Diablo and Local Toronto Gaming Stuff

Hey, folks. Just a quick note to say that I kinda want to do more of this sort of thing; writing about local Toronto gaming stuff instead of simply doing broad discussions that everybody else is doing. I’ll flag it with a “Toronto Gaming” category and tag.

Also, really happy with the response to my piece on Diablo and economics over on Nightmare Mode. Being able to contribute to Patricia Hernandez and Tom Auxier’s site has been an honour; they’re both excellent writers that I respect a lot. Only thing I’d add to it is what I said in comments: that the issue with Diablo is that it’s a deflationary economy, at least at lower levels. Gold comes in, Gold goes out, but good gear sticks around indefinitely. That’s going to lead to prices going down as more and more goods are being sold to chase a stable amount of cash.

I’ve heard that it’s different at the high end when you hit Inferno. I had an interesting twitter exchange with Stephen Keller on that. He’d said that Inferno is actually wildly inflationary. I don’t have any experience with that, or at least not a ton. What I’d say in response is that the two problems are linked; the dispiriting nature of acquiring gear at lower levels probably has a lot to do with the lack of people who are getting new gear at the higher end. If people drop out, their gear is going to drop out with them, unless they decide to cash in once-and-for-all with the real-money auction house. The few left over at Inferno aren’t going to be enough to contribute the volume of gear needed for price deflation to happen.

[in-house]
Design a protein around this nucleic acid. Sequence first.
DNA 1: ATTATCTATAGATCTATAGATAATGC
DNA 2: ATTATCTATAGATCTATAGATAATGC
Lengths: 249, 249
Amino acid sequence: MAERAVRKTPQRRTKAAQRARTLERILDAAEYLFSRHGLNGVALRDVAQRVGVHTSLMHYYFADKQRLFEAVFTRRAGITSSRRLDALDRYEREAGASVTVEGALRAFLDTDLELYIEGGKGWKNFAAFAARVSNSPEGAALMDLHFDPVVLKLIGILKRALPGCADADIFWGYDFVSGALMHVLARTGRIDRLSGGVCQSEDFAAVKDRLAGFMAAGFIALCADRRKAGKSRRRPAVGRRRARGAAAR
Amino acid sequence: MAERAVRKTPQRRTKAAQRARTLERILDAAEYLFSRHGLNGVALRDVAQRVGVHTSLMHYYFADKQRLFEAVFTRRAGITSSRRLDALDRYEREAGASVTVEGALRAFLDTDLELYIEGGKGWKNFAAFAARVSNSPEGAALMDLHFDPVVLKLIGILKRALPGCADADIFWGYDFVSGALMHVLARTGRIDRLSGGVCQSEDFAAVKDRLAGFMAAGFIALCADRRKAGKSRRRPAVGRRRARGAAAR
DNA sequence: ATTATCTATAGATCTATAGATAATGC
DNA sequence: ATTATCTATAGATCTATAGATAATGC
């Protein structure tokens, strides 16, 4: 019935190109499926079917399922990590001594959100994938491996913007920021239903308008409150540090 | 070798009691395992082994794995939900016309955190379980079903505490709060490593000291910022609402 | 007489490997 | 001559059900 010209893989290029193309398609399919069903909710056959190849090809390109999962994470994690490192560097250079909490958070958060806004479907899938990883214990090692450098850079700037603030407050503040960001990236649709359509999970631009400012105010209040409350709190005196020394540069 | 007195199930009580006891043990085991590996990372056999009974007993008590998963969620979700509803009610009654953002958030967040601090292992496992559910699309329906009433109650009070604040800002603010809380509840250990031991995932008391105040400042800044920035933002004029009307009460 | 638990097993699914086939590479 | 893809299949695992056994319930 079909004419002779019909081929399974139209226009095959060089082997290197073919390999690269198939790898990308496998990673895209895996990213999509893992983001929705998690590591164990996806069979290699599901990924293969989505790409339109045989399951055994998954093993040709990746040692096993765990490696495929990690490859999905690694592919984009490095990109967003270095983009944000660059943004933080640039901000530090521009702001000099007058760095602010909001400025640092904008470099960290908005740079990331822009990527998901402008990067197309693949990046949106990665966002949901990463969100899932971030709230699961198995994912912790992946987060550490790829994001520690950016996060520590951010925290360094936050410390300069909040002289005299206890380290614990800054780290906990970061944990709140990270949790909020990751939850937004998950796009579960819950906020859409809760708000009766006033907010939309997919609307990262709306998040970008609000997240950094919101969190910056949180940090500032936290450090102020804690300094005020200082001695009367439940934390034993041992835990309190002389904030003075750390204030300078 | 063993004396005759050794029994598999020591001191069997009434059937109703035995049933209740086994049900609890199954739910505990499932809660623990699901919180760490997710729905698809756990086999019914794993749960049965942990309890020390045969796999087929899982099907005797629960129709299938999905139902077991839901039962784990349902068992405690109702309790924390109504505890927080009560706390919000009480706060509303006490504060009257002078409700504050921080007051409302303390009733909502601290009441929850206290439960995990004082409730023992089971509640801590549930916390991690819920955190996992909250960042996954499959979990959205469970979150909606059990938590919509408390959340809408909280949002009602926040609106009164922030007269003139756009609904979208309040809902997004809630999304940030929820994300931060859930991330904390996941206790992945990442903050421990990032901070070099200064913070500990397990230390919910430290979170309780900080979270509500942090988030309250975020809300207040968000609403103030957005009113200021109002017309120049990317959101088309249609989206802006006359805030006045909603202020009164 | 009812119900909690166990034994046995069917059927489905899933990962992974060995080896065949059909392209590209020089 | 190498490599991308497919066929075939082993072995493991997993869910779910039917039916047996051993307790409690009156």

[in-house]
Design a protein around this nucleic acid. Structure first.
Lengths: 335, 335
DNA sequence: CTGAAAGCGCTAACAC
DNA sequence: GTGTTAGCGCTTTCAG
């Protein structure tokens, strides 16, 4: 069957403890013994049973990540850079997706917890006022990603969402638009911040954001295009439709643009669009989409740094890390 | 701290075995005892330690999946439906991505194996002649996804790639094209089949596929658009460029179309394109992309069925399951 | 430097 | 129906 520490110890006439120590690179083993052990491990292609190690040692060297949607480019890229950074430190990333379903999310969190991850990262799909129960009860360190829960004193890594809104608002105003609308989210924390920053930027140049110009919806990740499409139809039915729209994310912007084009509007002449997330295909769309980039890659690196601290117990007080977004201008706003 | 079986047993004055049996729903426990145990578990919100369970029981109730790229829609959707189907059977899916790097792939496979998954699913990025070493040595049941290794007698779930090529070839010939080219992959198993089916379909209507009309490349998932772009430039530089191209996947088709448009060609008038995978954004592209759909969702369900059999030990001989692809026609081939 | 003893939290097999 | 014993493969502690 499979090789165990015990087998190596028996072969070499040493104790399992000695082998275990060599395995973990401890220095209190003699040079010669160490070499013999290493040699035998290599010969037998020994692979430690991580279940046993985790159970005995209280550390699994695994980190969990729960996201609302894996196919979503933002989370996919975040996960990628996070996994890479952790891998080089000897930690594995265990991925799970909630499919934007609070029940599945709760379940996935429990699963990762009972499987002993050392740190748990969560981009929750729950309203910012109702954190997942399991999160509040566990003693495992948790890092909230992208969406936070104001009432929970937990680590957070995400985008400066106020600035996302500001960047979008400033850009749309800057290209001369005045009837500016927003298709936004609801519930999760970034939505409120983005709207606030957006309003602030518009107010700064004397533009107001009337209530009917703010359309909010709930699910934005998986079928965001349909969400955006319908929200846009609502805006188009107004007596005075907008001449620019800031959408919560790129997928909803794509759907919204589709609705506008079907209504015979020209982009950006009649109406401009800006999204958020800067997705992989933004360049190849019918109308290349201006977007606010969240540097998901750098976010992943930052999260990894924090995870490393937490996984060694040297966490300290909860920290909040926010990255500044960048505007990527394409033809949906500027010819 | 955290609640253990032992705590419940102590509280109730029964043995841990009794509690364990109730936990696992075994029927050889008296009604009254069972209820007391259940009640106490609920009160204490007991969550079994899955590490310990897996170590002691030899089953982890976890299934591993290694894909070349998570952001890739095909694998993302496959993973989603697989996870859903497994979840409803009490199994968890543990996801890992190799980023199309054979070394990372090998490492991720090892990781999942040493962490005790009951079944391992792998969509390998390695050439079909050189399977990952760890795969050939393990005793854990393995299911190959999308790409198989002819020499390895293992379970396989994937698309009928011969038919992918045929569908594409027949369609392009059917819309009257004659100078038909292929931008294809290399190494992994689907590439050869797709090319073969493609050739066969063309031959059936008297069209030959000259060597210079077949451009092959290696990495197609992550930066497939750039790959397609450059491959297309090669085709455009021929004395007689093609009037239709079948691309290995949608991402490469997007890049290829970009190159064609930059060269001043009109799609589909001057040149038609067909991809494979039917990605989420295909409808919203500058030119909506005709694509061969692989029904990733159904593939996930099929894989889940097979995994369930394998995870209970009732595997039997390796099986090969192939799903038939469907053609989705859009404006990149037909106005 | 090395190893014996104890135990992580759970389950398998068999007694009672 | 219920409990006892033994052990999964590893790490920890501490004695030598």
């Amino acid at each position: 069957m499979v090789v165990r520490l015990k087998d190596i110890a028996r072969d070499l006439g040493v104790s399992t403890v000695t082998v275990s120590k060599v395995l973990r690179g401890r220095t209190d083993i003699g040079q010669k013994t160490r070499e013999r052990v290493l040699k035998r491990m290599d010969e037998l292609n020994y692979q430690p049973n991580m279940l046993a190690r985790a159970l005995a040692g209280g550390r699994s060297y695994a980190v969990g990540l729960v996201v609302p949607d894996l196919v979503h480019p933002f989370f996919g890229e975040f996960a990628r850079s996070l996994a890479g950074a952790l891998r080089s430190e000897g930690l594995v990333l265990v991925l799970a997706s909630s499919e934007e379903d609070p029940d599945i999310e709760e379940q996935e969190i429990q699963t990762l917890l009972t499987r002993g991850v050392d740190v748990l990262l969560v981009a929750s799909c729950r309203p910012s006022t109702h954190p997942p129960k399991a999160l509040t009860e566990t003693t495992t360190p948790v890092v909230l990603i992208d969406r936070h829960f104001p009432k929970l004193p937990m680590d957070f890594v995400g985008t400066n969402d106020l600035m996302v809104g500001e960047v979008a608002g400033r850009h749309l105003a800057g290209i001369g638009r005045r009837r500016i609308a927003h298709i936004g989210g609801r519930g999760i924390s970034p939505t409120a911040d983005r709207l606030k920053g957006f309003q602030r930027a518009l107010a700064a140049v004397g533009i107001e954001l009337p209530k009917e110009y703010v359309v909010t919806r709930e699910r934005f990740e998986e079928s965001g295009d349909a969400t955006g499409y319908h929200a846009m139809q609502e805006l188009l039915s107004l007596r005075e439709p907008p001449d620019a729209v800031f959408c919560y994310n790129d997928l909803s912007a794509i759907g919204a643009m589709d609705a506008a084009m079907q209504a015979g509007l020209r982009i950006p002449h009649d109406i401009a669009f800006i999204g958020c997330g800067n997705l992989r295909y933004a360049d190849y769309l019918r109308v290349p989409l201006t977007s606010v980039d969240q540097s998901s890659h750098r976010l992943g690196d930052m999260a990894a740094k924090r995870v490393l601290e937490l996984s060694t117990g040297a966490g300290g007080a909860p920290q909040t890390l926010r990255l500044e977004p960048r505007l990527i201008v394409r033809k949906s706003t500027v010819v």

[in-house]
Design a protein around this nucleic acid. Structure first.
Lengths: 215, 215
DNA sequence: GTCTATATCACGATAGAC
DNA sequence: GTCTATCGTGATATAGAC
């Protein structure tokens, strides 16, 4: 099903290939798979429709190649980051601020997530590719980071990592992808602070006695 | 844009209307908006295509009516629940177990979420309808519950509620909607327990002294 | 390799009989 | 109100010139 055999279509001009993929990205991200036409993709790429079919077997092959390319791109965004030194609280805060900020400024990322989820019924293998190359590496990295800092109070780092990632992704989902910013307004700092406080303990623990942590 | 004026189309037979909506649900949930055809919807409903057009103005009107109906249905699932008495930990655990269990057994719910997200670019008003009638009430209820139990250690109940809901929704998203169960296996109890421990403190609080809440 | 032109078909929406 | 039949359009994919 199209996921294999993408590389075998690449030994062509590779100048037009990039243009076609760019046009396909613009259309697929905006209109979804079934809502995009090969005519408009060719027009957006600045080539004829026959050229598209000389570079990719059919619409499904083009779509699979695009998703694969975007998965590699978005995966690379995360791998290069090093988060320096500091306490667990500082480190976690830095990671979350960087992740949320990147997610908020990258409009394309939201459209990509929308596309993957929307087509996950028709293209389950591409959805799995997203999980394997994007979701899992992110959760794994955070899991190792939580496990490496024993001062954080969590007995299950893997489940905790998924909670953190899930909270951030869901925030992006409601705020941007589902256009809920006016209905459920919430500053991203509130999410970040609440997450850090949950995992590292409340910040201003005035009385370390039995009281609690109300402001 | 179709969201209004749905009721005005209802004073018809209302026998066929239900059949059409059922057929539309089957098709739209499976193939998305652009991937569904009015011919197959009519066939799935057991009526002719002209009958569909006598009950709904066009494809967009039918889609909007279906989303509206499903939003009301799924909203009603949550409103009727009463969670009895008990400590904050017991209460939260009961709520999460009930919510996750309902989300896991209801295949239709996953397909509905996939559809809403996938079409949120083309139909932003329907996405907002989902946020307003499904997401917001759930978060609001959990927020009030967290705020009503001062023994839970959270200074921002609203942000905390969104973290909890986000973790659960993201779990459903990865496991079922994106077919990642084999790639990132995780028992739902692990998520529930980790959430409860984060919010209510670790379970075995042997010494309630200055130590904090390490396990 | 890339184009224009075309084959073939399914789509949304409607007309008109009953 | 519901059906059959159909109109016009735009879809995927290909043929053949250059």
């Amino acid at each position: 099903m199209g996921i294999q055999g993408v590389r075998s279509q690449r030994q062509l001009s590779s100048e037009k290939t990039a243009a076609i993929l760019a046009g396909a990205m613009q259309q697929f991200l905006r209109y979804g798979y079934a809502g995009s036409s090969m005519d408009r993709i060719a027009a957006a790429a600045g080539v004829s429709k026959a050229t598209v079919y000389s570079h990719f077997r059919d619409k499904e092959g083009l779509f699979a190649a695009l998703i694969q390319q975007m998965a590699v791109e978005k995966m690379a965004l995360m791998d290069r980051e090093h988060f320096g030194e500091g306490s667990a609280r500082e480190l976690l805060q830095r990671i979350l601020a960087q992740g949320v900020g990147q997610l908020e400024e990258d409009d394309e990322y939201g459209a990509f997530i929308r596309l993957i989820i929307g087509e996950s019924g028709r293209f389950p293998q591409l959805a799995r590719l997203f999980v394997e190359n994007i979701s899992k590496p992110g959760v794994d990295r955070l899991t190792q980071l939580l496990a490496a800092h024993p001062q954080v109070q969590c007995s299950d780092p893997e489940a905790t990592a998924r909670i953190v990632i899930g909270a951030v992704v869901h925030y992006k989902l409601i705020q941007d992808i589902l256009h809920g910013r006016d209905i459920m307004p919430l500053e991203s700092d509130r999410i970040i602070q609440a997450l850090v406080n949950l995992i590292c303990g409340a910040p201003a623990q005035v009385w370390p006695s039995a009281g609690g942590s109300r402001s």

If people were playing through to Inferno, we’d likely be seeing the same thing happen there.

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2 thoughts on “Diablo and Local Toronto Gaming Stuff

  1. Stephen says:

    Another hypothesis about inflation at Inferno (and note I haven’t played in a week so I may be a little out of date): the ratio at which you collect gold compared to finding good gear is probably unbalanced.

    If I play through Act 2 wearing dps/survival gear (I.e. not taking a bunch of gold or magic find), I can make 200-400k gold before auctions. This takes about 2-3 hours. I’m lucky to find a really good, optimized piece of gear in that time because the randomization of stats is so brutal.

    But then if you happen to get a really nice piece at ilvl 62 or 63, you can sell it for at least 8 figures. This makes sense, because it’s likely to take you several playthroughs to find a really great piece of gear you can use (only 1/5 pieces of really good gear are useful to your class, and even less when you factor in build differences). This says that you should be willing to spend your net of 5+ runthroughs on a great piece of gear, because we can do a pretty easy time->gold conversion (see, liquidity of assets isn’t all bad!).

    • Stephen says:

      Oh and I got lost a little bit there: at the high end, where you really care about stat optimization, you just vendor a ton of your gear. The 10-item limit on auctions becomes a big factor (you get lots of weak gear but selling a crappy piece for 10k is better than censoring for 1500) as well: you don’t want to waste auction or stash slots on garbage gear so you just vendor it.

      The net is:

      1. Lots of gold for killing monsters.
      2. Lots of gold from censoring.
      3. Good gear inflates in value relative to gold.

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